Posted by: Dana Lightstone
Time: 7:49 AM
My 19-month-old daughter Zoe likes a broad range of different cuisines including sushi, Indian, Mexican and Thai food to name a few, yet she does not like anything spicy. My friend’s daughter who is about the same age loves anything spicy –she eats about half a container of Whole Foods guacamole at a sitting. This same guacamole at first taste made my avocado-loving daughter cry and scream “mouth, mouth, juice please!” My friend attributes her daughter’s love of spice to the fact that she herself ate spicy food while she was pregnant and while she was nursing her daughter. But it would be difficult to find someone who ate more spicy food when pregnant or nursing than I did (I was known for putting very hot Vietnamese chili sauce on much of what I ate while pregnant). Yet my daughter does not like spicy food. The other day I gave her a fairly mild samosa and she took one bite and said “this too spicy for Zoe. No eating.”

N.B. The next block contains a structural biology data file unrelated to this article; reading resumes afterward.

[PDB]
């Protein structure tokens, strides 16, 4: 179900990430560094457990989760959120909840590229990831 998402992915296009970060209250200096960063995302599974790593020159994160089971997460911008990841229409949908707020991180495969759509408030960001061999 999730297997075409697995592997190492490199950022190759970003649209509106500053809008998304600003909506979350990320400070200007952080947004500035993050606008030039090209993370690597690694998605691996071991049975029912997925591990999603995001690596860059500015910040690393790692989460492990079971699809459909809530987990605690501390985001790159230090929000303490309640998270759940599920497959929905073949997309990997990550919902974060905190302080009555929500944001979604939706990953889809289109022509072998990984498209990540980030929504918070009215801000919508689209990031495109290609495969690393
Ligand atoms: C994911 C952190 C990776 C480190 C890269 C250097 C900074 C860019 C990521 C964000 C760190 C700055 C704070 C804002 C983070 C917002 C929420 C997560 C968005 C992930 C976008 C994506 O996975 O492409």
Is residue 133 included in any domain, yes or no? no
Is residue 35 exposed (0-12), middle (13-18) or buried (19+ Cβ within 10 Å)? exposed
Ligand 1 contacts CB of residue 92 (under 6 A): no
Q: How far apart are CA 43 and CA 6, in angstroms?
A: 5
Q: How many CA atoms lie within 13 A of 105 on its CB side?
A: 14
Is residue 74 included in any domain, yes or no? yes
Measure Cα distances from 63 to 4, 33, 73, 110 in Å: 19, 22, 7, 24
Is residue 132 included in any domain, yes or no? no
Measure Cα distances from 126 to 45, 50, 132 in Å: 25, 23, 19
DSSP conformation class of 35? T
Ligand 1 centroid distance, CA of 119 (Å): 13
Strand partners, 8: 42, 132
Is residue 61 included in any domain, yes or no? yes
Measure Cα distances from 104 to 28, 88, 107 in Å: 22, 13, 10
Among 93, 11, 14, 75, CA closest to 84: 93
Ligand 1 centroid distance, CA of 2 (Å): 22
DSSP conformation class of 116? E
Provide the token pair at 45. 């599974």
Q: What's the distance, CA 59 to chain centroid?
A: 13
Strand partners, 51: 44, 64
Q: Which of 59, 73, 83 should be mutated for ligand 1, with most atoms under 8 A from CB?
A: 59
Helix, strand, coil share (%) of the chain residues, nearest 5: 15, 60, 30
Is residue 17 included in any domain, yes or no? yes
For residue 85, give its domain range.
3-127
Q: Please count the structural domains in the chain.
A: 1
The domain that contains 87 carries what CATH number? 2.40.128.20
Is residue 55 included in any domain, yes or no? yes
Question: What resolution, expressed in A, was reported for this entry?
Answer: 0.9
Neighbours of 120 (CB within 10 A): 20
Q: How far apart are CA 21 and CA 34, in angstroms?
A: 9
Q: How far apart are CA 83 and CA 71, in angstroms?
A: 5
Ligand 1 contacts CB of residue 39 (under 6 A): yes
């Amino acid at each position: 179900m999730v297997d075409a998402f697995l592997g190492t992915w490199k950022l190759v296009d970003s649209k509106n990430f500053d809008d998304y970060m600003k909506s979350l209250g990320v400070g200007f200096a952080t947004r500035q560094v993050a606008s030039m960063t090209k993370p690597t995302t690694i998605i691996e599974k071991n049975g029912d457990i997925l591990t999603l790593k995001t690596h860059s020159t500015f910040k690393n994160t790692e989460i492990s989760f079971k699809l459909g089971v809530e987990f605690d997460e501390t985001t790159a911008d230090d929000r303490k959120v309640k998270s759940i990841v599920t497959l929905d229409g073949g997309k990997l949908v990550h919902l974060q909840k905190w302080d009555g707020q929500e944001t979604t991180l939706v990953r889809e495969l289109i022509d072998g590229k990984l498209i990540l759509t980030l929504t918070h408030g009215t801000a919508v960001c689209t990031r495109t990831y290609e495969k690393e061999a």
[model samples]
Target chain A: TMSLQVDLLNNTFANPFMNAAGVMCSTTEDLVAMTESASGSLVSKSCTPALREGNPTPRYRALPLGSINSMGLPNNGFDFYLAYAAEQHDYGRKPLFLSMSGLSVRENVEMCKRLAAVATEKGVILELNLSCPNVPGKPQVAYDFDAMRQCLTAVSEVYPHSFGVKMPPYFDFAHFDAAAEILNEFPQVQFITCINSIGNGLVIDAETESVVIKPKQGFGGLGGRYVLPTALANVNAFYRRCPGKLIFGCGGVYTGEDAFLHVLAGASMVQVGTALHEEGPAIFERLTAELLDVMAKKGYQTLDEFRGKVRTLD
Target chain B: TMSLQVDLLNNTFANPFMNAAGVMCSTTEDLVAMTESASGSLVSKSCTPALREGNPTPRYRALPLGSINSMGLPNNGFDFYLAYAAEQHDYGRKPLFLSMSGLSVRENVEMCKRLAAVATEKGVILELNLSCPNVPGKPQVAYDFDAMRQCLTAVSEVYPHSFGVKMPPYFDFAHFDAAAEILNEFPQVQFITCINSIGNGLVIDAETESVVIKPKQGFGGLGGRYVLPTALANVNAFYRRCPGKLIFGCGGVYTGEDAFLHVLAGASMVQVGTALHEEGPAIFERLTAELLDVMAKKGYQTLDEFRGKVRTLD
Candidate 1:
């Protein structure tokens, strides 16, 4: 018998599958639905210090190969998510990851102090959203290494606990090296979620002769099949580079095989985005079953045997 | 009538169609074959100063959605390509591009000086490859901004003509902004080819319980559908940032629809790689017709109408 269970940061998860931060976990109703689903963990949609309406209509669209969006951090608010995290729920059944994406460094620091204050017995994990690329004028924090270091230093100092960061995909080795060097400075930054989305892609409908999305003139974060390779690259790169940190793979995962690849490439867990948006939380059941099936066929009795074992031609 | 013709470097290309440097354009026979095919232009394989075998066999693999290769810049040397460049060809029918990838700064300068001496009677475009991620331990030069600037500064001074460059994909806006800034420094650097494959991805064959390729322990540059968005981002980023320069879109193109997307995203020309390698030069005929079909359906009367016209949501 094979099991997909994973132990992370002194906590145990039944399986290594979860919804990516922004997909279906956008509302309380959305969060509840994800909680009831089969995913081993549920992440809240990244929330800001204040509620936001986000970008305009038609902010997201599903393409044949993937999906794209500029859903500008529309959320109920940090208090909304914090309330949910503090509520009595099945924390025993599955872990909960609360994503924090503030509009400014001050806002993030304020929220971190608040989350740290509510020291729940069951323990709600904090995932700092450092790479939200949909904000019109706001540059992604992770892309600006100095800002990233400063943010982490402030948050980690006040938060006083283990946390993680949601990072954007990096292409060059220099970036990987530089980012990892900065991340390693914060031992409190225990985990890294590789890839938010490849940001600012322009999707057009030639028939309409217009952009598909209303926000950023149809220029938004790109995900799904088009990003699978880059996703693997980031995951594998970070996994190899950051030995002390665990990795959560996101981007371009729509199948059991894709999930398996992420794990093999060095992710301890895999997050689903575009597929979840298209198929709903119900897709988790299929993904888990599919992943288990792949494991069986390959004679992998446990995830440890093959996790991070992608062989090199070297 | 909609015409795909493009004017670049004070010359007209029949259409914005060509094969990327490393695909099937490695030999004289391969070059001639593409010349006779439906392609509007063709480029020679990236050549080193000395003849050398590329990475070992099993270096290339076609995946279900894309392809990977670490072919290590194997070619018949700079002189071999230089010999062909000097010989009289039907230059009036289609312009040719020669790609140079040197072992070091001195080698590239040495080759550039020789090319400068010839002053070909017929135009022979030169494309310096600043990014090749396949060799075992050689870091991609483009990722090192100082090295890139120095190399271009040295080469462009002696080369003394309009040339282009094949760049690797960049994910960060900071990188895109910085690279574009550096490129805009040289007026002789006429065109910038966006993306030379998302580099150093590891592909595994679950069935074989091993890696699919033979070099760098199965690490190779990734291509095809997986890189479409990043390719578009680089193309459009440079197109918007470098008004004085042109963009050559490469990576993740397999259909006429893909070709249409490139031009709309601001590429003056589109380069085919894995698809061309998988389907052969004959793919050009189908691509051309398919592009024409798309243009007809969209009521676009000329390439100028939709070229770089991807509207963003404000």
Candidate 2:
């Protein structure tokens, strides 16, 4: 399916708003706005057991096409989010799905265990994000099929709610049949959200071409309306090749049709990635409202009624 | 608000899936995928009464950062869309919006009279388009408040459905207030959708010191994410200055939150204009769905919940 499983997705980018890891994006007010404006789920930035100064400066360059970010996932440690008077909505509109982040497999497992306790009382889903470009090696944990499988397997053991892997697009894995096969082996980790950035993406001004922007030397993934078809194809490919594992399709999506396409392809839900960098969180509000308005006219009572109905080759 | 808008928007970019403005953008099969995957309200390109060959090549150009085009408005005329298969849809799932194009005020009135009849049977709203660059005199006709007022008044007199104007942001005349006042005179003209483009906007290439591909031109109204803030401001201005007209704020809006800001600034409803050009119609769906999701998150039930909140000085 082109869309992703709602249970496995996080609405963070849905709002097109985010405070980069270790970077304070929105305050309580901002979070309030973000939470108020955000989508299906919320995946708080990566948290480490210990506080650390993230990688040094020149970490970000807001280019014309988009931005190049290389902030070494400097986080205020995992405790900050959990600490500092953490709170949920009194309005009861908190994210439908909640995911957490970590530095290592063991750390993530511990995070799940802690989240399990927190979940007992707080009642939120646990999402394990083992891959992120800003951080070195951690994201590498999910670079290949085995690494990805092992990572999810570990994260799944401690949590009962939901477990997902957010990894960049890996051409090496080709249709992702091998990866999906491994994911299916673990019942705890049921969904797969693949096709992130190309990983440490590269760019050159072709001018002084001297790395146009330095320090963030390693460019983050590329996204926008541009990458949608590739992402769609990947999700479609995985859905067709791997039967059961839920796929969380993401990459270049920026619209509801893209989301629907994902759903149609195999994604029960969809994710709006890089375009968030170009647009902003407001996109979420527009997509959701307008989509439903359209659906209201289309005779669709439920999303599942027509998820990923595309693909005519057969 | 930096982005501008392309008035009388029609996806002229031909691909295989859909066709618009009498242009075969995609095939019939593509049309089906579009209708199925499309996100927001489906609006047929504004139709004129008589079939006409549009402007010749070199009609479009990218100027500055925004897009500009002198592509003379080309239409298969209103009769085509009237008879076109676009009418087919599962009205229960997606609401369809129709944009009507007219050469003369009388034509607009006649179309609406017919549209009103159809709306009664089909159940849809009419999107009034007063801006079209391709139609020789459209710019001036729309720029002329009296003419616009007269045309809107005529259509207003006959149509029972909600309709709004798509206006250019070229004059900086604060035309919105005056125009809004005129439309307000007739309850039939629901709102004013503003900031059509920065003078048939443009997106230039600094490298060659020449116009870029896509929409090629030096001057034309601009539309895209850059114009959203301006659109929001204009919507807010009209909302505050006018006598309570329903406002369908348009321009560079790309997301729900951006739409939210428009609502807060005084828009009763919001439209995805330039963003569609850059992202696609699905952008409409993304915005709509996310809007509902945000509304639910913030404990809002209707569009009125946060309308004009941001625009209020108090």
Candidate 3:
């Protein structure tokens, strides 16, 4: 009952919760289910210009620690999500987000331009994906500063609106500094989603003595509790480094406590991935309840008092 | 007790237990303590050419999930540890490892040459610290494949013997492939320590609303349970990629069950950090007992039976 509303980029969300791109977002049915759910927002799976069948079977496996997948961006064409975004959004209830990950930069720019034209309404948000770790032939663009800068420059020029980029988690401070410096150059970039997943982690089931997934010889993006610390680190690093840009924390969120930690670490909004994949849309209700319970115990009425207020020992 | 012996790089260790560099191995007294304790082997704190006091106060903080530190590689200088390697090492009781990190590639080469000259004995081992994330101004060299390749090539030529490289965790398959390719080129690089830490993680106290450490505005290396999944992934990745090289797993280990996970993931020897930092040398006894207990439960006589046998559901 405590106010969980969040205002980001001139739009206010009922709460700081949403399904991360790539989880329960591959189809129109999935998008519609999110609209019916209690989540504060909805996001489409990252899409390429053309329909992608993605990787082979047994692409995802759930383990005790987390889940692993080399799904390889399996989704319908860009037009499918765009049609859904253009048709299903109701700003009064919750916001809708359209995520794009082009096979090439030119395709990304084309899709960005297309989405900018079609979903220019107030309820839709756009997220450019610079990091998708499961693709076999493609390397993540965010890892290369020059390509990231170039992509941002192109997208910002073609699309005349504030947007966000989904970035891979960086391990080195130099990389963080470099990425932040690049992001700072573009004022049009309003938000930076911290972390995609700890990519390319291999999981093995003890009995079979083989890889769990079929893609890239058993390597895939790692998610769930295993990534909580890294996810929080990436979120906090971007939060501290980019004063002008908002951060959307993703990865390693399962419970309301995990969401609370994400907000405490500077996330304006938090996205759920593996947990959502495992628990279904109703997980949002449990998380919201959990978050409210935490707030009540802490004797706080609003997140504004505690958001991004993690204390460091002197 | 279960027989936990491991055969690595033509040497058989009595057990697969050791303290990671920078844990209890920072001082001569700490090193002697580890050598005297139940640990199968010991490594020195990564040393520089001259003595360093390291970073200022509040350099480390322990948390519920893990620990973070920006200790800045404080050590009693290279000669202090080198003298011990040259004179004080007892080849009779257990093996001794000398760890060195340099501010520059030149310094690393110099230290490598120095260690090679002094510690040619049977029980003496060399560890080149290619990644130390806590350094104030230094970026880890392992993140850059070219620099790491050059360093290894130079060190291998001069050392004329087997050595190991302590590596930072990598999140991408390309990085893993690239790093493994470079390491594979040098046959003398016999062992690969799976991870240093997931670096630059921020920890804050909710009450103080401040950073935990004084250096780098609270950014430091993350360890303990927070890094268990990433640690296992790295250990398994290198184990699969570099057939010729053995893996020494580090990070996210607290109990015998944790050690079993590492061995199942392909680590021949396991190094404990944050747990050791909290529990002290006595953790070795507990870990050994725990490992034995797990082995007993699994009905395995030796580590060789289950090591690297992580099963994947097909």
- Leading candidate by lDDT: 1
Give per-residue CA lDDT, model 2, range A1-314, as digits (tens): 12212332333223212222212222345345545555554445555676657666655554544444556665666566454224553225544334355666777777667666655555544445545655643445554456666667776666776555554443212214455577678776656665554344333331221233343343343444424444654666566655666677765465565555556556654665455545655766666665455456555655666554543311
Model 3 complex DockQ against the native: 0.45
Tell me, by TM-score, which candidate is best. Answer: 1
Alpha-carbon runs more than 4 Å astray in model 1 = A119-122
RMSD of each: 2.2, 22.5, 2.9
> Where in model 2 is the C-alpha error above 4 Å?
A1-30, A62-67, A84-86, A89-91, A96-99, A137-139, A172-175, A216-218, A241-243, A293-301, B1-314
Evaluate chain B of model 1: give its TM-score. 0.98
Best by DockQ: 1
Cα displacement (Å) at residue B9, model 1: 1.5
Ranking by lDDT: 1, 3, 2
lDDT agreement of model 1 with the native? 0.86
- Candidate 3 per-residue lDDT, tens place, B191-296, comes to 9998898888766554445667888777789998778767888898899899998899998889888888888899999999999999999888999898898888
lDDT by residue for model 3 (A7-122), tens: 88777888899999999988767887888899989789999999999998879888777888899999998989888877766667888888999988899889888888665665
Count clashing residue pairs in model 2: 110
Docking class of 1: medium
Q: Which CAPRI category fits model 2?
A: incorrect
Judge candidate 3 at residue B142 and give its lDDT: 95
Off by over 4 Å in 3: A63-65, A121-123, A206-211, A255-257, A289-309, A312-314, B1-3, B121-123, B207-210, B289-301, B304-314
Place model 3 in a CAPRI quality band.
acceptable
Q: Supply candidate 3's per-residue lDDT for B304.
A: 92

I know from my time living in India that babies and young children are usually fed a mild version of the food that their parents eat –made with all of the spices minus the chili powder (by taking out the child’s portion earlier in the cooking, before the chilies have been added). In other parts of Asia I’ve seen families eat non-spicy food but add chilies to their own serving as desired. This way the small children can eat the same food without it being spicy. Then, as the children get older they can add spice little by little. I assume that in other countries where the food tends to be spicy they also have a way of making a mild version for little kids to ease them into eating spicy food, but I don’t know this for sure. Apparently different kids accept spiciness at different times –some by a year old are eating what their parents eat while for others it takes until they are 8 or 9. In any event I’ve never heard of anyone raised on spicy food who does not like it as an adult, so all children who grow up with spicy food eventually learn to love it.